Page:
Temporarily delayed by the crash of Lehman Brothers, development of the former El Toro base is now complete. Blum’s CBRE, a company reportedly worth $6.8 billion, claims on its website to have provided both consulting and brokerage services in the project. CBRE also brokered the sale of the less spectacularly priced $7.5 million plot of land in Aliso Viejo.
But the mysterious connections linking wife Feinstein’s politicking with husband Blum’s profiteering don’t stop there. Through her aides, Senator Feinstein allegedly used her office to get inside information for the benefit of her husband’s company. Between the summers of 2011 and 2012, Feinstein’s former chief council and then current aide, David Hantman, exchanged emails with U.S. Postal Service staff asking them about the federal properties slated to be sold.
Hantman specifically asked about properties subject to historic designations and environmental protection reviews under the National Environmental Protection Act (NEPA) – conditions that would potentially prevent their sale. On May 24, 2012, when Hantman asked USPS staffer Mary Ann Simpson about postal properties scheduled for sale on the National Register of Historic Places, he included as a tagline: “My boss is just curious”.
Coincidentally, while Hantman was sending those emails on behalf of Senator Feinstein, CBRE was conducting historic place and environmental protection reviews for the very same postal properties. In an email sent in February of that year, Hantman asked Simpson if she wanted any input on amendment ideas for a postal reform bill. Seen in retrospect, the correspondence raises questions that no one has answered about the language that may have been inserted into the postal reform bill to make it easier for CBRE to skirt historic preservation and NEPA laws in its later sales of postal property.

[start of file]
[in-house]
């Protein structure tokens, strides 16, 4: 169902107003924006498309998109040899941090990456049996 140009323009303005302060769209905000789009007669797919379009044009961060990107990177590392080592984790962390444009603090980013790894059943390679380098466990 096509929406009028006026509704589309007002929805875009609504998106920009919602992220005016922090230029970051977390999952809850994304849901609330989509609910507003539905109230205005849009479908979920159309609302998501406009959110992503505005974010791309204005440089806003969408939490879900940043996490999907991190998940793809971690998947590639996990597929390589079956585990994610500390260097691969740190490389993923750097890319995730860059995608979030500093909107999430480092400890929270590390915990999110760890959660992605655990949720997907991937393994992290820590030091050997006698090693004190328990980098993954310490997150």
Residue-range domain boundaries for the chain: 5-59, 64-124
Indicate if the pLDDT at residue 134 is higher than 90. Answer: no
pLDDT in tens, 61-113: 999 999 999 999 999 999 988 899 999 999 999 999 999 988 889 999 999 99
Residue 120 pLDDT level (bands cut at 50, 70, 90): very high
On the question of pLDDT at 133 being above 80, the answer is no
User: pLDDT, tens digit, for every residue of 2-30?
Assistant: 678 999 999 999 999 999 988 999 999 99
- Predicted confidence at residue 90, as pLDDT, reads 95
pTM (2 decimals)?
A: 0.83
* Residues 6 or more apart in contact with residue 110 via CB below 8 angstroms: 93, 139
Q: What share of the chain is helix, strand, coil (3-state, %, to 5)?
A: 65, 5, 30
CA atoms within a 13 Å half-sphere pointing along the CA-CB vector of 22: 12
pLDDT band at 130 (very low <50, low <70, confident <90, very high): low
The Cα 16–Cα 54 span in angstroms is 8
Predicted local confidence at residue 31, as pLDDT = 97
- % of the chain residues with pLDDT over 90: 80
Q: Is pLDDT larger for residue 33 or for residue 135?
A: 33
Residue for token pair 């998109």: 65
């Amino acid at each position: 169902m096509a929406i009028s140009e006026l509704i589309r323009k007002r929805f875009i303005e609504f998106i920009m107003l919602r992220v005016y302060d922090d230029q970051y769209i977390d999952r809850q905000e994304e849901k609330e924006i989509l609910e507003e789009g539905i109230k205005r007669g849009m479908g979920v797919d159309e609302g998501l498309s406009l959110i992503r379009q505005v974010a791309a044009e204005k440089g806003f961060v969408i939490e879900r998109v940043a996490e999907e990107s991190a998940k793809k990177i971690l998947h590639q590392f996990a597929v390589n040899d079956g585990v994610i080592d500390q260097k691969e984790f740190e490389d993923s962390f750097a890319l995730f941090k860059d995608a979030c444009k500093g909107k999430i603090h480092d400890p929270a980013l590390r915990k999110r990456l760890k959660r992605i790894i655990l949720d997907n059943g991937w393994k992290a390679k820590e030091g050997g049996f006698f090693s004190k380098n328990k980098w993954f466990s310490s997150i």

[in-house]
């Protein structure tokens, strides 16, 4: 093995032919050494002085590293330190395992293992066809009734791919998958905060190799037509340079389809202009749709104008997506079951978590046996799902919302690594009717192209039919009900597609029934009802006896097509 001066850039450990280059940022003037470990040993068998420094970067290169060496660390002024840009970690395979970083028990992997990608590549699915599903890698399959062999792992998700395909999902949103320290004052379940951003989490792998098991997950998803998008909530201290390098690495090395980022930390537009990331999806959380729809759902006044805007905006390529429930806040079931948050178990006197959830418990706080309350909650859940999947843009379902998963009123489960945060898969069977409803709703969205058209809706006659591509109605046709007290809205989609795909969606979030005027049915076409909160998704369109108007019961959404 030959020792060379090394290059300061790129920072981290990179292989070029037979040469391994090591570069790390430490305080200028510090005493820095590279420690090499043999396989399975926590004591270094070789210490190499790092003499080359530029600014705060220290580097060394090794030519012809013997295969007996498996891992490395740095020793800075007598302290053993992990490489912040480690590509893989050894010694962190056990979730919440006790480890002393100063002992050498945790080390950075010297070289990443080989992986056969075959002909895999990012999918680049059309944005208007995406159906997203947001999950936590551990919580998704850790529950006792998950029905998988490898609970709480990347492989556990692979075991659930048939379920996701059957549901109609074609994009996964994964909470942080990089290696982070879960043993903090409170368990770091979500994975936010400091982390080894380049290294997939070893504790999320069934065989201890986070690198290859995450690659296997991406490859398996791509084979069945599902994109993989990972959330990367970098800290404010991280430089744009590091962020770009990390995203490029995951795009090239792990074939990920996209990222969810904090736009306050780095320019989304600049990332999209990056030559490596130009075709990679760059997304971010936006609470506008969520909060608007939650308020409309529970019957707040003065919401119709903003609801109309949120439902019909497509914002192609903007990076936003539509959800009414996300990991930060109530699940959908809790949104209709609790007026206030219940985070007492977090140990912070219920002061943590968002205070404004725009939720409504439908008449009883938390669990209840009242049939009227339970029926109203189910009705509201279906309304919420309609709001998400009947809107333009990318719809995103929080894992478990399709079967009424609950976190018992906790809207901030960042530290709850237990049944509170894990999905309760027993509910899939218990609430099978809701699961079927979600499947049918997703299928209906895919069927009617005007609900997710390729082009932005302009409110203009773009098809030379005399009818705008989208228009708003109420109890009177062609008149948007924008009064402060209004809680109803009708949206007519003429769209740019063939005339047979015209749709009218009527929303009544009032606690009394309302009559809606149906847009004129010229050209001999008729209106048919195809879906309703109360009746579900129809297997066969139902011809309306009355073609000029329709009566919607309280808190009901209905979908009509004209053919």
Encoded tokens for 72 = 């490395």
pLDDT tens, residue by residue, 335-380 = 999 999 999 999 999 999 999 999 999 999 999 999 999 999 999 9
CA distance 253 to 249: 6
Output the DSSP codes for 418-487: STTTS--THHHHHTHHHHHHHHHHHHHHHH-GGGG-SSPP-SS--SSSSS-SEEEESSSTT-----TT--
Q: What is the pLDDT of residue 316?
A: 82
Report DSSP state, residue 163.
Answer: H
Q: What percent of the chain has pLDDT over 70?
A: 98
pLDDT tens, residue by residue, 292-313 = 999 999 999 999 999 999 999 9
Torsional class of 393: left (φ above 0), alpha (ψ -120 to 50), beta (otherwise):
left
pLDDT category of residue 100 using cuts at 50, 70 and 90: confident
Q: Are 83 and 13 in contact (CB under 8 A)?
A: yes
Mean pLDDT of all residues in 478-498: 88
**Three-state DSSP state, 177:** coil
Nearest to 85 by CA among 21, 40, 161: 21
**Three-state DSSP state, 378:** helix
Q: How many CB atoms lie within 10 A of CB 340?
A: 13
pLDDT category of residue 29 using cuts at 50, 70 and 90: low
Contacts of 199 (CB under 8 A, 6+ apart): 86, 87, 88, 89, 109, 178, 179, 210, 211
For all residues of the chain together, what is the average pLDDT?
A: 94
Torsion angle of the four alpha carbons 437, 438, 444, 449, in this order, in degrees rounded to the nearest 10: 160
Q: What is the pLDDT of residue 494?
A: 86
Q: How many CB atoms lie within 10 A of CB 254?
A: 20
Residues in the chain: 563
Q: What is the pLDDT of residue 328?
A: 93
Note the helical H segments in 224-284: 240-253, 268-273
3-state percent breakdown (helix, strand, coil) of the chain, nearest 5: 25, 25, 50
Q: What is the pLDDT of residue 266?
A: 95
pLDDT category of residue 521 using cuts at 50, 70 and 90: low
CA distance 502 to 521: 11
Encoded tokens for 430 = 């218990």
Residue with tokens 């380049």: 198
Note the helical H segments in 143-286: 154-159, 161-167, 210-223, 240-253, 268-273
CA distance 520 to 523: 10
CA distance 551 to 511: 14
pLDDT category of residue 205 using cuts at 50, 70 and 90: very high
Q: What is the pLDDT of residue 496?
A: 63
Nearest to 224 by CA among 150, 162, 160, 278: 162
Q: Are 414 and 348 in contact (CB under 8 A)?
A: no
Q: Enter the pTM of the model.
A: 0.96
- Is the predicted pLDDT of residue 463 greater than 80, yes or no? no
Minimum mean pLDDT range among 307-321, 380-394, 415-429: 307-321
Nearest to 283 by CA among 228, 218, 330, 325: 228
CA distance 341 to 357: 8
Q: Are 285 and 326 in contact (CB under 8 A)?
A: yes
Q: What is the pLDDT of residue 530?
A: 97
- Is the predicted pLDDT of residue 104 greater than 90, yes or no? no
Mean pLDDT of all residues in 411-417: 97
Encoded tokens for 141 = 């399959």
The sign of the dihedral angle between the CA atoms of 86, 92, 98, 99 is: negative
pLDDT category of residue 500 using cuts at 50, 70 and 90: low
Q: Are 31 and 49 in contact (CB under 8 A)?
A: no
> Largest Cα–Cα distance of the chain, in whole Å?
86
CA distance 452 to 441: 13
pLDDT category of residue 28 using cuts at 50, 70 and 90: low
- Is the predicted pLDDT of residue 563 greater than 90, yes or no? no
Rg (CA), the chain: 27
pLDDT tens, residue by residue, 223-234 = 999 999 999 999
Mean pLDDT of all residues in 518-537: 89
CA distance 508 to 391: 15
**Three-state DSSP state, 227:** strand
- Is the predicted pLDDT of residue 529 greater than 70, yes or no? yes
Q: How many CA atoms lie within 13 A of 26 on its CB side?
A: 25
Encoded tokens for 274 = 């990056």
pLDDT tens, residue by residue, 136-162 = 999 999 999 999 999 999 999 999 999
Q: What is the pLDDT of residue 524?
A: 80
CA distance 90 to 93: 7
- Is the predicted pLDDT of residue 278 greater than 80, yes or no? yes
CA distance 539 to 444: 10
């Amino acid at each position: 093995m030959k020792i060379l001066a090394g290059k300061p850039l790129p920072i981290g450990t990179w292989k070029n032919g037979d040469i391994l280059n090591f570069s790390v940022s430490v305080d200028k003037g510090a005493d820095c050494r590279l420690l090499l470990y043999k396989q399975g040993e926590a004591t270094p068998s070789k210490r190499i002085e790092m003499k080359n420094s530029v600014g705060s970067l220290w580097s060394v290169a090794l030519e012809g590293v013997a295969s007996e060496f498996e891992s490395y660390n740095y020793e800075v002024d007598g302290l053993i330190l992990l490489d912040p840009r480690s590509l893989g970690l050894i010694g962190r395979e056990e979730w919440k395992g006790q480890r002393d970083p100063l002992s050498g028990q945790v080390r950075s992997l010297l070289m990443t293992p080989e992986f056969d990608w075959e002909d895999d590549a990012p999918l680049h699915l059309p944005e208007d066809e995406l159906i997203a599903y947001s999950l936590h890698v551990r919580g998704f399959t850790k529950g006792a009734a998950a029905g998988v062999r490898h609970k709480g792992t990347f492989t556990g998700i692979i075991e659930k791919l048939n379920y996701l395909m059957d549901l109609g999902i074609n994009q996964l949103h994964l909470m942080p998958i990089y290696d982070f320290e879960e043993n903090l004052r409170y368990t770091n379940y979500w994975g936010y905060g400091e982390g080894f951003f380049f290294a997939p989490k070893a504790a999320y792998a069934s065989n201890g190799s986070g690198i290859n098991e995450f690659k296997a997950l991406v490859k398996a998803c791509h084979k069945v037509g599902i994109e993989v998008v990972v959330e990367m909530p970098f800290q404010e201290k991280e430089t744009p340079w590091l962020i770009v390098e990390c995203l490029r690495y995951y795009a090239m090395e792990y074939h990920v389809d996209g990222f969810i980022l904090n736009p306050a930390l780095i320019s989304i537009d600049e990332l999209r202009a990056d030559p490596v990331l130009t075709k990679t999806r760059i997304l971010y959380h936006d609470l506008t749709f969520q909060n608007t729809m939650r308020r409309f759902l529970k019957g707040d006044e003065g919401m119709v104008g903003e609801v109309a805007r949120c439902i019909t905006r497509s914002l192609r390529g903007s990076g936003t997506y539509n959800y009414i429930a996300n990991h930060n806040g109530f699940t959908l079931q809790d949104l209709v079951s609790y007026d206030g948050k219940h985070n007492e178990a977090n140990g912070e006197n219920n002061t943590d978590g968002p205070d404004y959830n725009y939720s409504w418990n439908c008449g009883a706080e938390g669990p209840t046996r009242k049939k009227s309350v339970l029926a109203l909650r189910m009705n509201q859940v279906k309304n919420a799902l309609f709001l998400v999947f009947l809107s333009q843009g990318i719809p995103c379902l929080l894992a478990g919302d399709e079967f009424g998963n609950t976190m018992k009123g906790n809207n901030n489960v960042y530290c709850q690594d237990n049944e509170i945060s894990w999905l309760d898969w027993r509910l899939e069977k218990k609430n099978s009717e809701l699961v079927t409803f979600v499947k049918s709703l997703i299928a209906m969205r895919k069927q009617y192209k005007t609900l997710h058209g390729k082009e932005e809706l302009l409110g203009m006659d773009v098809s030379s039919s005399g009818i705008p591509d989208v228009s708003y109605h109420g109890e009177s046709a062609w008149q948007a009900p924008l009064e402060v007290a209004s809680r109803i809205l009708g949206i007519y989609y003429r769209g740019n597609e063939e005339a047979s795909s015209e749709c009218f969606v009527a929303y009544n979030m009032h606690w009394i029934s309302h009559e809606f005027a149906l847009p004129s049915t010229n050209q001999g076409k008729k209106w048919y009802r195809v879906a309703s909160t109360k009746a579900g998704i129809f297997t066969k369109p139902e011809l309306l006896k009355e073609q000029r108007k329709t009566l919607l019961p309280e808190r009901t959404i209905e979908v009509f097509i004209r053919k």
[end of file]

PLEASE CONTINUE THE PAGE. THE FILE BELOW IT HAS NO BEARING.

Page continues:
Creating an Artificial Panic
The robbery of the U.S. Postal Service began with the passage of the Postal Reform and Enhancement Act (PREA) in 2006, which passed the 109th Congress by a voice vote in the House and Senate. The bill required the USPS to pay the healthcare benefits of all employees through 2056, including benefits for employees who have yet to be born. The timing of the bill was important: PREA was introduced, and passed, in the lame duck congressional session just after a Republican majority was ousted in the populist and anti-war electoral wave of 2006. It was the last, defiant stand by politicians whose constituents in many cases had just unelected them from office.
PREA was also the beginning of the Post Office’s spiral into financial catastrophe. Since the bill was enacted, the USPS has had to make$5.5 billion in annual payments to retiree healthcare plans. (Senator Bernie Sanders of Vermont argues that the USPS should be allowed to immediately collect $13 billion that has already been overpaid into those accounts.) Eventually the Post Office’s fiscal situation became so dire that the USPS was effectively forced into negotiating a contract with none other than CB Richard Ellis, which was put exclusively in charge of selling off 52 postal properties located in prime real estate zones throughout the country.
The payoff: CBRE has been selling those properties to its own business partners at extremely discounted prices, representing both the buyer and the seller in the transactions while cheating the USPS out of millions.
Perhaps most remarkably, the man in charge of the USPS’s facilities management division, Tom Samra, who is worth a reported $98 million, ignored an open conflict of interest as he signed his name on fraudulent invoices that kept the gravy train rolling.